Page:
There are a few things that I didn't manage to say in that piece. One is that, despite its weaknesses, I did kind of like it. I think that comes across, but sometimes it's good to be explicit. I'm not sure how well it will work out on DVD, where the imagery will be less impressive making the problems all the more apparent, but I like its sense of giving homage to the enduring importance of the Bible.
One of the things that adds to this sense of the film as a fable is the violence in the film. From the trailer this looks very much like it will be Eli as an avenging angel, but actually, in the film itself, there are only 4 moments of violence (the confrontation with the bandits under the bridge, the fight in the bar, the gun-fight outside the bar, and the shoot-out in the house). I suppose you could add a few minor moments to that (killing the cat at the start, the attack of the woman which Eli opts out of, and the killing of the men attempting to rape the girl - but these are really only the briefest moments). Of these, the opening one, filmed in a long shot which captures the action via silhouettes underneath a bridge, is particularly striking, not just because it looks so incredible, but because it distances the audience from proceedings, and heightens it's artificialness - adding to that dreamy quality.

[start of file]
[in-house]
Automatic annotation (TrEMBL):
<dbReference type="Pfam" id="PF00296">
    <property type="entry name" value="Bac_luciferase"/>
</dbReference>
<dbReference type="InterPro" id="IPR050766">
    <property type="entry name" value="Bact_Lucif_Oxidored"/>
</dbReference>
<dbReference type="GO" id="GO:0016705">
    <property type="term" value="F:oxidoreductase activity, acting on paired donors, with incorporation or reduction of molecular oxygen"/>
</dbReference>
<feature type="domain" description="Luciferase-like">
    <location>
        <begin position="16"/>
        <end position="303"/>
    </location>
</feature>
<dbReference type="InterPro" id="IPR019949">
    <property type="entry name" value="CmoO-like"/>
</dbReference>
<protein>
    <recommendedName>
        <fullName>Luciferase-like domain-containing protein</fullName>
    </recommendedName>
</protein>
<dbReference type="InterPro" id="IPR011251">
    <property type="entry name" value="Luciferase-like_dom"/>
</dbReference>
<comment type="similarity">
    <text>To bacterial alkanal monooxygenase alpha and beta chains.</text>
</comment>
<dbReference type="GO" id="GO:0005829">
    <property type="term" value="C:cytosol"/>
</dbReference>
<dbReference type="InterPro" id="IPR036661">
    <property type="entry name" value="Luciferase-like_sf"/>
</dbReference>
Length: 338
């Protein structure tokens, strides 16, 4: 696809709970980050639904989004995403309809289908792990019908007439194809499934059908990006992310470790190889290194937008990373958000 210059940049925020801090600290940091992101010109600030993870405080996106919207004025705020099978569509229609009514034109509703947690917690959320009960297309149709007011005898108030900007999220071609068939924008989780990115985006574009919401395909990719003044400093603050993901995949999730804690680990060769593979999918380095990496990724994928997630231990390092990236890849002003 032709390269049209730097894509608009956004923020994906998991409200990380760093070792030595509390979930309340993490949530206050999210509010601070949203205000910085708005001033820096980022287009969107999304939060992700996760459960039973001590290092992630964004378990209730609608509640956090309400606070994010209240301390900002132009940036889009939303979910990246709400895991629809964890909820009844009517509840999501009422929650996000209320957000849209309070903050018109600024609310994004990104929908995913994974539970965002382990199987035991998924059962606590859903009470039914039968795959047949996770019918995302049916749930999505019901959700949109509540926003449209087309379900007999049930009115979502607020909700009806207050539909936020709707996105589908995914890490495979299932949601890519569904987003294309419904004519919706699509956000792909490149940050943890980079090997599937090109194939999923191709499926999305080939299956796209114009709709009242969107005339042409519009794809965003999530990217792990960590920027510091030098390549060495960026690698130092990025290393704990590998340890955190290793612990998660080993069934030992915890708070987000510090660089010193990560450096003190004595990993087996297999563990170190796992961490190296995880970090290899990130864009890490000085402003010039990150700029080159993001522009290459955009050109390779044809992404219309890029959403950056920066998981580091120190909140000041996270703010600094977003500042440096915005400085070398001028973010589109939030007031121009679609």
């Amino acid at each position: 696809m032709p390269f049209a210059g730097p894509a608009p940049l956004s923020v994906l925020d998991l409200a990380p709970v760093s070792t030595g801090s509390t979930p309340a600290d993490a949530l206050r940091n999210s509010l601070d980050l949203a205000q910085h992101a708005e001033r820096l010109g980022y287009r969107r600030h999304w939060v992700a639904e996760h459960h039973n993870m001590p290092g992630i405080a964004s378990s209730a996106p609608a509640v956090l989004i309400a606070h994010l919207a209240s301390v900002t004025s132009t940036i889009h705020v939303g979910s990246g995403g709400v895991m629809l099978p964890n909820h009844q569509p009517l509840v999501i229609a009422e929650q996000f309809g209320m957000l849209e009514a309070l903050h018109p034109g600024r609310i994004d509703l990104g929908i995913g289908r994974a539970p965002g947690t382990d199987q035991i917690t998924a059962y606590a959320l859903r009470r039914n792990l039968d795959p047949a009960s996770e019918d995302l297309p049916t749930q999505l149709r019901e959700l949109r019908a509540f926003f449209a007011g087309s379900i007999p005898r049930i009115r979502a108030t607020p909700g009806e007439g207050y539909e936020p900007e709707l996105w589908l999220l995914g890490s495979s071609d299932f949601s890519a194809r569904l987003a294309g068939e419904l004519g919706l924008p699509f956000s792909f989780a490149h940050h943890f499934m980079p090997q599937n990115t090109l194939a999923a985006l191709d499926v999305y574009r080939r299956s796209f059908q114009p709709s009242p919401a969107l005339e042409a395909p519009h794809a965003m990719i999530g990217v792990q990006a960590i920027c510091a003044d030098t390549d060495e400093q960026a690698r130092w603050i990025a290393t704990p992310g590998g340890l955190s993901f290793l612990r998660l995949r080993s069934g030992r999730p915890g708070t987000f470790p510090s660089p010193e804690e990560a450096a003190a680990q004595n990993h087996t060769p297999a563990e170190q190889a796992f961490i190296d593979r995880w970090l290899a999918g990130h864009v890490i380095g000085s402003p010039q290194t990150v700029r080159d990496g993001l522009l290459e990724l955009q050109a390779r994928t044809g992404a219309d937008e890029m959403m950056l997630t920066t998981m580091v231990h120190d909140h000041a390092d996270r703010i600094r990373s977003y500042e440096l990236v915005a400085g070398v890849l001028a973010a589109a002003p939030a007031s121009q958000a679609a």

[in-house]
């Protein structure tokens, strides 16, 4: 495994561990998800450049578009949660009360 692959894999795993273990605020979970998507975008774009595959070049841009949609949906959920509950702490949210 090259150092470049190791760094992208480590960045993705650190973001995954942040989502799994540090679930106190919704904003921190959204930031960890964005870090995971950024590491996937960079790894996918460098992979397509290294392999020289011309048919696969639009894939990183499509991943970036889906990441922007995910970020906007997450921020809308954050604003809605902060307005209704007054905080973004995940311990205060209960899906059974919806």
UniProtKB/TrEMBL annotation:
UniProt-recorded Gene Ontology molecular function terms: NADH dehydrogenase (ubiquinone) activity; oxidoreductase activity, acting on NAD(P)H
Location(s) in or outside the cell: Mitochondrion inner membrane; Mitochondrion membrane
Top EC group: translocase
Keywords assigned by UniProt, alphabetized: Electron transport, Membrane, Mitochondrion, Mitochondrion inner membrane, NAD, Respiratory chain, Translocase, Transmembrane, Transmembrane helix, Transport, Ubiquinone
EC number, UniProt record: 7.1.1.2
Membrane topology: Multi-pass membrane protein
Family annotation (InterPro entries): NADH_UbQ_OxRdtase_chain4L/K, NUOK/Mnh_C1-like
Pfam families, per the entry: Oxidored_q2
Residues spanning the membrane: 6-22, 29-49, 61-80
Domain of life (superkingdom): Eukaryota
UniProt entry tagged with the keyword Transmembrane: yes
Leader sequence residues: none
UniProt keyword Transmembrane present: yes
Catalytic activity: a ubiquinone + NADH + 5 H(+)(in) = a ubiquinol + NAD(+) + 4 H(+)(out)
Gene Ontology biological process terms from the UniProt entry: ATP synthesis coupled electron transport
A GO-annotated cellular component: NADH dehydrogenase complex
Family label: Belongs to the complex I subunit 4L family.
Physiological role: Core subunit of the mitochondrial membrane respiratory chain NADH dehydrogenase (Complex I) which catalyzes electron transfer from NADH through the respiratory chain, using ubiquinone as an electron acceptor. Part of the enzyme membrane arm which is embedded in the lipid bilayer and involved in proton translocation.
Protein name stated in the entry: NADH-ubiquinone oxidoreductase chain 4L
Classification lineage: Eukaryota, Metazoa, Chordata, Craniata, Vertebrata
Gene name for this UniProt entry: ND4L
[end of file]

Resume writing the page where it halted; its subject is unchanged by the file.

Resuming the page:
I also thought it was interesting the clues there are to the fact that [highlight to see spoiler]Eli is blind. The glasses are, with hindsight (pardon the pun) an obvious double bluff, as is the general demeanour. But other things throw you off this as well - not always in a way that's fair (see for example the above image in which he doesn't have milky eyes). But there's also the way that Eli handles the Bible, his heightened sense of hearing and lots more that I'd spot on a second viewing. In any case, this final revelation suggests increases the sense that this is not a film set in the real world, but a fantasy fable told to make it's point about the importance of the Bible.
Finally, the film's handling of the Bible is rather odd. Firstly the central plot device - that the Bible has been erased save this one copy - is patently absurd (in the real world at least). Burning every copy of a given text has frequently proved impossible in the past - when the task would have been so much easier. Now, or at some point in the future it would be nigh on impossible. Aside from the millions of copies, in hundreds of languages (and this is a very American-centric movie), there's also the numerous quotations and citations in numerous other works (and of course most of these have a handy referencing system which would make reconstruction even easier) not to mention other formats such as the bible on tape, CD, and, of course, film.
Following on from that, the Bible was not a book to appear out of the sky in isolation, but something that was, in part a product of the church, and is, some would argue, best interpreted by the church. I'm a little less certain on that second point, but certainly the decision as to which books etc. became part of the New Testament was a decision made by the church, and not just a bunch of church leaders, but in all of those who had a hand in promoting, using, venerating those works over a few hundred years so that they were the books that came into contention for selection.
And of course what we see at the end of the film is that The librarians already have a copy of the Tanakh, so the Old Testament is pretty much covered. So really Eli's job has just been to protect the New Testament.
I owe some of those thoughts to Peter Chattaway, from a discussion a group of us are having at Arts and Faith.
Labels: Other Films